should-you-workout-while-sore

Photo: Pond5

That soreness you experience after a tough workout often feels like a badge of honor, right? You upped the intensity on leg day or you tacked on a few more miles to your long run and you’re feeling strong. Until one day, you push it too far and that hurts-so-good sensation turns into muscle pain that makes it excruciating to even sit down on the toilet. You’re feeling the burn—but there’s no reason you can’t hit it just as hard tomorrow, right? Not so fast. Sometimes it’s fine to work through mild aches, but here’s how to know when your body might be telling you to back off.

Why am I so sore?

Quads on fire after right after squats? That’s pretty normal. The burning sensation you feel mid-workout when you’re fatiguing is the result of lactic acid, says Scott Sailor, President, National Athletic Trainers’ Association. Luckily, “it dissipates out of the muscles pretty quickly,” Sailor says. Lactic acid (sometimes called lactate) will disappear within an hour of exercise. So why can’t you walk down the stairs the next day?

RELATED: No Pain, No Gain? 5 Myths About Muscle Soreness

Soreness that develops roughly 12 to 24 hours after a strenuous activity is known as DOMS, delayed onset muscle soreness and it can last for 24 to 72 hours, according to the American College of Sports Medicine. You can bet your gym socks you’ll experience DOMS any time you perform exercises that are new to you or you complete lots of sets with minimal rest in between, says Neal Pire, MA, CSCS, exercise physiologist at HNH Fitness in Oradell, NJ.

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Can I still exercise while sore? 

There’s a big difference between mild muscle tenderness and “my glutes are so sore it hurts to sit” pain, which is likely DOMS. (Trust us, you’ll know the difference when you feel it.) Your workouts won’t be nearly as effective if you’re in the throes of major delayed-onset soreness, says Pire. Symptoms include limited mobility and extreme stiffness. “Performance is typically impaired…as you have a loss of muscle strength and power, decrease in range of motion…and localized pain and swelling,” he says.

RELATED: 7 Ways to Relieve Post-Workout Pain

“[DOMS] is not devastating, but there can be an extent where it’s dangerous,” says Sailor. It might seem far-fetched, but being so sore that it’s difficult to make your way down stairs could put you at risk of, well, a face-plant, Sailor points out.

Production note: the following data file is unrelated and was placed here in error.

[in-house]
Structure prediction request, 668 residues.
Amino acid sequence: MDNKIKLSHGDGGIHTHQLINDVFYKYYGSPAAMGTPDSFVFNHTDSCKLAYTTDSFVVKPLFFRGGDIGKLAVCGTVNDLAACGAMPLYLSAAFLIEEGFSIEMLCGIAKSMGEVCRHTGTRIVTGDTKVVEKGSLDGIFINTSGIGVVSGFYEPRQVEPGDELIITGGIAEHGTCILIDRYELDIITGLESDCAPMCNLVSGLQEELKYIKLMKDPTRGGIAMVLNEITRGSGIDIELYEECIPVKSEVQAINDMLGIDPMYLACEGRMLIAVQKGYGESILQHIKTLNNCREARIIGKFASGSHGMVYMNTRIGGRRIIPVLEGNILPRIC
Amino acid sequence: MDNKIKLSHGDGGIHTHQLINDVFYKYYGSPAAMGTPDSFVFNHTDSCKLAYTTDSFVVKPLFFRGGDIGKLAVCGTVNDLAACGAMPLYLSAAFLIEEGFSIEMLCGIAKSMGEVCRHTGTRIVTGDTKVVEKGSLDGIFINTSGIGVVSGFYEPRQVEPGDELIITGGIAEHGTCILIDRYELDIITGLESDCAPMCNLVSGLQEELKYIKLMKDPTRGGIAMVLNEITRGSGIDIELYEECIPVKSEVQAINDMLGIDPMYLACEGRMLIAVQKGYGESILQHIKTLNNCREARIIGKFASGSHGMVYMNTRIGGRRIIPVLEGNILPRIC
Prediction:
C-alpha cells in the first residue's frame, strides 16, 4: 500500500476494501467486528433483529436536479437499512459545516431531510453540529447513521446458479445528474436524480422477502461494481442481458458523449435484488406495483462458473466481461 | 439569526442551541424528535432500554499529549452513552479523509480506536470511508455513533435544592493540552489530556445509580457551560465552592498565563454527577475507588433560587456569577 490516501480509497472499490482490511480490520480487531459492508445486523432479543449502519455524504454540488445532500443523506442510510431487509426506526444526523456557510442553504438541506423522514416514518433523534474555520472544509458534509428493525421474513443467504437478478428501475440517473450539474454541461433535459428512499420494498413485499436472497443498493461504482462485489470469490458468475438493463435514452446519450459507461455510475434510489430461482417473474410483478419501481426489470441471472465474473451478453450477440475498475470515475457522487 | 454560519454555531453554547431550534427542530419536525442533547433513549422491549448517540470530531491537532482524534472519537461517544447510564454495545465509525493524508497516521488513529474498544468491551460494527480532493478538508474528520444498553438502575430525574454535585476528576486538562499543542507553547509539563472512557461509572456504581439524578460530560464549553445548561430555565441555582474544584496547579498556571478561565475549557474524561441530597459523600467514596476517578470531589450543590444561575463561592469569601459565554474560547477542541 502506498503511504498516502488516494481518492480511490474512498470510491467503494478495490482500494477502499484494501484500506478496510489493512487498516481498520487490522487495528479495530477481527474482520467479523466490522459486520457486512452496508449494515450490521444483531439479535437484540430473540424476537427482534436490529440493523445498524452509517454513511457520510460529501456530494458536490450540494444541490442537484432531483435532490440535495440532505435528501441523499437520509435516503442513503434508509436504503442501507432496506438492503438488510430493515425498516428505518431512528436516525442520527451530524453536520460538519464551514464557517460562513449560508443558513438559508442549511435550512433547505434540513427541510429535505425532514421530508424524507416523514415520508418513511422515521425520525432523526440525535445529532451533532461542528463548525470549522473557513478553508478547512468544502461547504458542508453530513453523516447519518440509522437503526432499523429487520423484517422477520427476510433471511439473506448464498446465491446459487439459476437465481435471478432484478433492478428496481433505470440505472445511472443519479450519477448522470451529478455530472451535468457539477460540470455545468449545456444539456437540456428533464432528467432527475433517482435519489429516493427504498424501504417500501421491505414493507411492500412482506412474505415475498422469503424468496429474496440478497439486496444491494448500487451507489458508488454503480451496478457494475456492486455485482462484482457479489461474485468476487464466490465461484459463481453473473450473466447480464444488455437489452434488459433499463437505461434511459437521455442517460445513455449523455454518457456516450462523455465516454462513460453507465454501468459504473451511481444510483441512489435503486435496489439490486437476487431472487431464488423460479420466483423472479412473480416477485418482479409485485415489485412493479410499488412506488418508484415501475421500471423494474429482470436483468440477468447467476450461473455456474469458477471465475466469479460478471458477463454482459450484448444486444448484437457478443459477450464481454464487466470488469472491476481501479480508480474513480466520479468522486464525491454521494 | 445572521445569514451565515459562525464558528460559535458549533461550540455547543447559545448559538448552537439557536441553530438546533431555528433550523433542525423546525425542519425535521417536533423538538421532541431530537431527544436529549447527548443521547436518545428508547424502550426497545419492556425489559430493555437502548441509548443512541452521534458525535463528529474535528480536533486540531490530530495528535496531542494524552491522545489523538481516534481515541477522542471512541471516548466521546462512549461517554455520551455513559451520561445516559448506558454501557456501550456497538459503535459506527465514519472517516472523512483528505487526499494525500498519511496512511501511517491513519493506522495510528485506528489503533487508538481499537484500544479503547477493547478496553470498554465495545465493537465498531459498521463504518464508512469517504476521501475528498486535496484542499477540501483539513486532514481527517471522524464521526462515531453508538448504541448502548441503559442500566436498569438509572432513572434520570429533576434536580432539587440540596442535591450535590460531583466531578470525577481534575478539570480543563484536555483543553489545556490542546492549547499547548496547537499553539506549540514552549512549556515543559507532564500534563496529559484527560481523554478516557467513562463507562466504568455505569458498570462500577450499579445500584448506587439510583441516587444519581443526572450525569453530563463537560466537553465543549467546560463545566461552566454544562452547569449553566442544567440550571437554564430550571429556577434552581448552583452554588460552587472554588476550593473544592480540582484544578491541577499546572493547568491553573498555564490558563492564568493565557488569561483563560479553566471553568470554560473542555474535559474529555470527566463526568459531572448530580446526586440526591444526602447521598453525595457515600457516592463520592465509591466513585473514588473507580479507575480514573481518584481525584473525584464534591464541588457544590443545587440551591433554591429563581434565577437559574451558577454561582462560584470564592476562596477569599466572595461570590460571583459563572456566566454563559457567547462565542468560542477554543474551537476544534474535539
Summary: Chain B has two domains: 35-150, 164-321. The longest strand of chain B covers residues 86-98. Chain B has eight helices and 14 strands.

The anti-dote to DOMS? Recovery, and lots of it. If you’re having major trouble walking down the stairs, or getting up from your chair, you may need to recover for three to five days before you start cranking out squats again. Strategies like foam rolling and taking anti-inflammatories (with care) can help alleviate the pain, but they won’t help your muscles on a cellular level, says Sailor. You’re better off Netflix and chilling on the couch instead of hobbling your way through a workout. “Time is your friend,” says Pire. “Rest and let your body recover.”

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How can I avoid insane post-workout soreness? 

Switching up your routine to target different muscle groups each day is a smart strategy if you like to hit the gym every day of the week. “Evidence shows that two to three resistance training workouts, per muscle group, per week, are ideal,” Pire says. For example, if you’re going to train your legs and glutes twice a week, wait two or three days before challenging them again.

RELATED: Daily Burn Face-Off: Foam Rolling vs. Stretching 

Keep in mind: “We don’t get stronger or more conditioned during workouts,” says Pire. We make much of our progress during recovery, when we allow our bodies to heal and rebuild.

Your best bet: Listen closely to your body and look for these five signs to know when it’s time to take a rest day.

 

This article originally appeared on DailyBurn.com.